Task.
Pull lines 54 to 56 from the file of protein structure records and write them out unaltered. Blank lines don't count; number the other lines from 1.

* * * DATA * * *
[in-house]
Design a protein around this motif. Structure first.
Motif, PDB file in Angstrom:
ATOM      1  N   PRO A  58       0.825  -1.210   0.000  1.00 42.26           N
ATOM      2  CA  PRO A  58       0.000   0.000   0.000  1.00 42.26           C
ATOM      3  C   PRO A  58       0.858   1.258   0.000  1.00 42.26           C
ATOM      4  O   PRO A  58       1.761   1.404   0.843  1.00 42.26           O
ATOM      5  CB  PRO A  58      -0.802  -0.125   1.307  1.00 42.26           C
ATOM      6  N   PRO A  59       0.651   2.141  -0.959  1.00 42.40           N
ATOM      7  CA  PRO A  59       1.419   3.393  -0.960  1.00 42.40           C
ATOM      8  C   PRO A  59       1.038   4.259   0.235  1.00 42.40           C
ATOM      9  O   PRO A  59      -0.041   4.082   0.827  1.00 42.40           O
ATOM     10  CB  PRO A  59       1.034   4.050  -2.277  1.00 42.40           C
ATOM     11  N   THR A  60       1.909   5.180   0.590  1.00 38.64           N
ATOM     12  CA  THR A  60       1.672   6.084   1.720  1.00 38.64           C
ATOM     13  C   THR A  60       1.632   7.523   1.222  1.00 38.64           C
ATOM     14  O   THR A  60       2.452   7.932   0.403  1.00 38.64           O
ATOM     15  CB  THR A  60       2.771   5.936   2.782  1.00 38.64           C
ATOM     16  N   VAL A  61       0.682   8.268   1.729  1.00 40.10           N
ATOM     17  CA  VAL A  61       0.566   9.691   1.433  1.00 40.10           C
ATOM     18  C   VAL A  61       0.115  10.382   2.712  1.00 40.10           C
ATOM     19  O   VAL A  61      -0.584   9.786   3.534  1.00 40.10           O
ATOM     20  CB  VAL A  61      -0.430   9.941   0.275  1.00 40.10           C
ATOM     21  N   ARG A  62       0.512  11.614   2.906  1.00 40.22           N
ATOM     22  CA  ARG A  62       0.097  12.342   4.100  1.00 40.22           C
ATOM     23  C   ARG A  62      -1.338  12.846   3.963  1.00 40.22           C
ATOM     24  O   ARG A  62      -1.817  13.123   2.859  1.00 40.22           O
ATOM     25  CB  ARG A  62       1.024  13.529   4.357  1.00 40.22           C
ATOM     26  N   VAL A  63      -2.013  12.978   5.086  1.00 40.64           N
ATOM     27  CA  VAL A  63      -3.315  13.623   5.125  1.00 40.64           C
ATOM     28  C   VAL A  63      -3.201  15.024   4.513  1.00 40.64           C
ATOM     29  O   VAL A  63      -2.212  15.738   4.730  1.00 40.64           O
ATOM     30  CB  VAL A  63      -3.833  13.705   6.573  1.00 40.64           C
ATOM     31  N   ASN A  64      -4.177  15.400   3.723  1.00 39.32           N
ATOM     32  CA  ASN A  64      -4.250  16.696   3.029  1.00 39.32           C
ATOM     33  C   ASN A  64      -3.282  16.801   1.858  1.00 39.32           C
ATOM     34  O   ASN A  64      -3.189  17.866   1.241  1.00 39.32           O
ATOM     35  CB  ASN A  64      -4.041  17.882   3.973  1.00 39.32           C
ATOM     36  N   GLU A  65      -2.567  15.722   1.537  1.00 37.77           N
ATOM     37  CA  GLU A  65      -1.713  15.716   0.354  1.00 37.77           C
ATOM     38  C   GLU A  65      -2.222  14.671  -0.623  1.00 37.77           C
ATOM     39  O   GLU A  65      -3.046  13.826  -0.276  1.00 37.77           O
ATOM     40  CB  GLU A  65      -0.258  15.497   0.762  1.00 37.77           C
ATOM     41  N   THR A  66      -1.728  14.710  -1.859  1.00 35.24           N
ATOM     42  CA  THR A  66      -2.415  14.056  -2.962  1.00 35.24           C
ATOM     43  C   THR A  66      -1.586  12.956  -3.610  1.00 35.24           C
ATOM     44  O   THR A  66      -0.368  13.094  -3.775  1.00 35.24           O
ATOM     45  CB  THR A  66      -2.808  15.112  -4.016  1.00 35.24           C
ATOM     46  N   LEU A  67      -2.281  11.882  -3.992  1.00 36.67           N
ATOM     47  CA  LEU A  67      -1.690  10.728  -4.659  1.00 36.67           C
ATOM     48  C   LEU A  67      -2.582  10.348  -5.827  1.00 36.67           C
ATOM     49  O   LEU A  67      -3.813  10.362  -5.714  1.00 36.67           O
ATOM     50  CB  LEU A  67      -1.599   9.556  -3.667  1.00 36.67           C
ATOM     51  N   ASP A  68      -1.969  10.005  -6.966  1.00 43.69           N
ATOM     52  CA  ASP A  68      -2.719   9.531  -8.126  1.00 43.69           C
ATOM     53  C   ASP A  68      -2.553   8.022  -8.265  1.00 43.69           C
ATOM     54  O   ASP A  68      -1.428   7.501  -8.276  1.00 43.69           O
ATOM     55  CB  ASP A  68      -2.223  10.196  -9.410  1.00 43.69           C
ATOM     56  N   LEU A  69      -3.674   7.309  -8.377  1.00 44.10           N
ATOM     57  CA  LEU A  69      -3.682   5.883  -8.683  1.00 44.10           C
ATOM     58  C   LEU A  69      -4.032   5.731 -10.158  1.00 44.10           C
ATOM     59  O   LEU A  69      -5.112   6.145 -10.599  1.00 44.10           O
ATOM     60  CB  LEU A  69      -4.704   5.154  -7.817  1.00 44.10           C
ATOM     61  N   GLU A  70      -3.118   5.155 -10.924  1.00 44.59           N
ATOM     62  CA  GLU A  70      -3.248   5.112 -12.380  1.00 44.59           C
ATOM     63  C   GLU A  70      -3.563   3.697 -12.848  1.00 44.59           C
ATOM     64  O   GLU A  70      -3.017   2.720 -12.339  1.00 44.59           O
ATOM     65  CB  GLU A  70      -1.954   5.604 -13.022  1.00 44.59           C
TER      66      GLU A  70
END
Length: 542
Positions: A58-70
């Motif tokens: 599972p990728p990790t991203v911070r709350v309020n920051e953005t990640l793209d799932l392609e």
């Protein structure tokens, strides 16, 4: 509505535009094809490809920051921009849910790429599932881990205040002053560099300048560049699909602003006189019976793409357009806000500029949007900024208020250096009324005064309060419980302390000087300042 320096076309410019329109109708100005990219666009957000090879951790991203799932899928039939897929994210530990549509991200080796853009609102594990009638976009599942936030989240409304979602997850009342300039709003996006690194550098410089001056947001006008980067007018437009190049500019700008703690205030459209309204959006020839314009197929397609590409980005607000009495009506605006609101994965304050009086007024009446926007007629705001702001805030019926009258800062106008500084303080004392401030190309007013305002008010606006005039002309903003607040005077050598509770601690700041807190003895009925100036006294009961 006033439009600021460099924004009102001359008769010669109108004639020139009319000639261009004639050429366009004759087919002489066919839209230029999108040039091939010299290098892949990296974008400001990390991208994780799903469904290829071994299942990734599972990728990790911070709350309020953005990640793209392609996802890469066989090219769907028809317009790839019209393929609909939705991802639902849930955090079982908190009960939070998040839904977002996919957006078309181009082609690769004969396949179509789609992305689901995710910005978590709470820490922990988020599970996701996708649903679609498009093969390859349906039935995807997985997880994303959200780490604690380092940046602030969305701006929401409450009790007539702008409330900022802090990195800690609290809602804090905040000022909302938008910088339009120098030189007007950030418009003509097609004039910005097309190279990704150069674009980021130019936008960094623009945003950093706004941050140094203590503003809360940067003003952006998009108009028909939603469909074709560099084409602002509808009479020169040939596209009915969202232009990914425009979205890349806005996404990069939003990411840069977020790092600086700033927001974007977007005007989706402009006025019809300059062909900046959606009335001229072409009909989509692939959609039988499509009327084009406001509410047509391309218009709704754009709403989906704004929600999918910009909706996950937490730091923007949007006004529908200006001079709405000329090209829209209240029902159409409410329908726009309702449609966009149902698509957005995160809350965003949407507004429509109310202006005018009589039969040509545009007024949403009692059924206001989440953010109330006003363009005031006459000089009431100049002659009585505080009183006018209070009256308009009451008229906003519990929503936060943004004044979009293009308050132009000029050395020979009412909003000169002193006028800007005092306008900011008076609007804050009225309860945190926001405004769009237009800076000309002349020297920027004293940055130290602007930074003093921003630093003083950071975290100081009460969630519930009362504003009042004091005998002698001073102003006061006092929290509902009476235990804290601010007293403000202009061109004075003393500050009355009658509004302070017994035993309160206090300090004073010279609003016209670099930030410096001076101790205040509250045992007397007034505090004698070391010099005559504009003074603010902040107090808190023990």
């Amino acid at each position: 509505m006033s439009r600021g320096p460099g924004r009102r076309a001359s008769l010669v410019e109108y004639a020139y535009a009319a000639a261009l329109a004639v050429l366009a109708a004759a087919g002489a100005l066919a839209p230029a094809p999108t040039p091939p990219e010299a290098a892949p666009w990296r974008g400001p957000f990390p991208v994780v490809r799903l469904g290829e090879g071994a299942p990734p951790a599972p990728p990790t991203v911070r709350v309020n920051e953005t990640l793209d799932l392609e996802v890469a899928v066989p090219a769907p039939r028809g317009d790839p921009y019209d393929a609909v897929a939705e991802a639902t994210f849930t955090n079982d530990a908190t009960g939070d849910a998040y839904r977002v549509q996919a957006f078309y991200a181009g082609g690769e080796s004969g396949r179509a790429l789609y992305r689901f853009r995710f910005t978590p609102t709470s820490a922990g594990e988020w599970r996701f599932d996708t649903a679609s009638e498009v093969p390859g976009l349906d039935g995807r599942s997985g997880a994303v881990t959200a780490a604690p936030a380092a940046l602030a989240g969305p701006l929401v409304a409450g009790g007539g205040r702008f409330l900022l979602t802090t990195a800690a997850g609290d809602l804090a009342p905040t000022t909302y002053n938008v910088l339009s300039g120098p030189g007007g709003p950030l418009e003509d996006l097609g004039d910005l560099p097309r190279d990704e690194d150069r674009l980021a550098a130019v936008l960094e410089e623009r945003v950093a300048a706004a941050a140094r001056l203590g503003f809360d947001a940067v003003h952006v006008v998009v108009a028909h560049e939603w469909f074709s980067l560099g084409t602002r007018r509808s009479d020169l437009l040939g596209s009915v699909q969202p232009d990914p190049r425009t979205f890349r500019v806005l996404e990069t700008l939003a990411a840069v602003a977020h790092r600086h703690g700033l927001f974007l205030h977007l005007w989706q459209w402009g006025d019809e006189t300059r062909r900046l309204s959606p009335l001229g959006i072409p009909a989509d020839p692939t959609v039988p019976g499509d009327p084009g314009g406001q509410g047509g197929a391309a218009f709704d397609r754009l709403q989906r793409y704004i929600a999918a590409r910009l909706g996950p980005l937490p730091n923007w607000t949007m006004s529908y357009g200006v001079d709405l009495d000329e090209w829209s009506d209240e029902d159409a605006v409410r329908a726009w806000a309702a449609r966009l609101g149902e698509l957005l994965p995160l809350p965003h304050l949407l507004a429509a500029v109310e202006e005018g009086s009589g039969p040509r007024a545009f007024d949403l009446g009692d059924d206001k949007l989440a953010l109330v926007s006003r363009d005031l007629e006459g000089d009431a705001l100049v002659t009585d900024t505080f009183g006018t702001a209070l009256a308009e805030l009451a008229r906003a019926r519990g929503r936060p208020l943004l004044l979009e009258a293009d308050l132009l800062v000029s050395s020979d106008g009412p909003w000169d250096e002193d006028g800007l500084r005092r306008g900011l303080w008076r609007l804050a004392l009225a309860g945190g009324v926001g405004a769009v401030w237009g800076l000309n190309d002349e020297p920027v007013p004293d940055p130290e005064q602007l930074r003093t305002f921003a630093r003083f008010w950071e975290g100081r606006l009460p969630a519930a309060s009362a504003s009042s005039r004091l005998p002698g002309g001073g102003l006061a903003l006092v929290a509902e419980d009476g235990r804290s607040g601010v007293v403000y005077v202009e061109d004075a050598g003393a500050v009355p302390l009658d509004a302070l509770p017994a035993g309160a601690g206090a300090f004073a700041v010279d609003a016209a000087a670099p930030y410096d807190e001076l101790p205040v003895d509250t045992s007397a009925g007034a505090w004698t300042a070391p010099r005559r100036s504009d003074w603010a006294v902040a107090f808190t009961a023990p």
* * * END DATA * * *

ATOM     51  N   ASP A  68      -1.969  10.005  -6.966  1.00 43.69           N
ATOM     52  CA  ASP A  68      -2.719   9.531  -8.126  1.00 43.69           C
ATOM     53  C   ASP A  68      -2.553   8.022  -8.265  1.00 43.69           C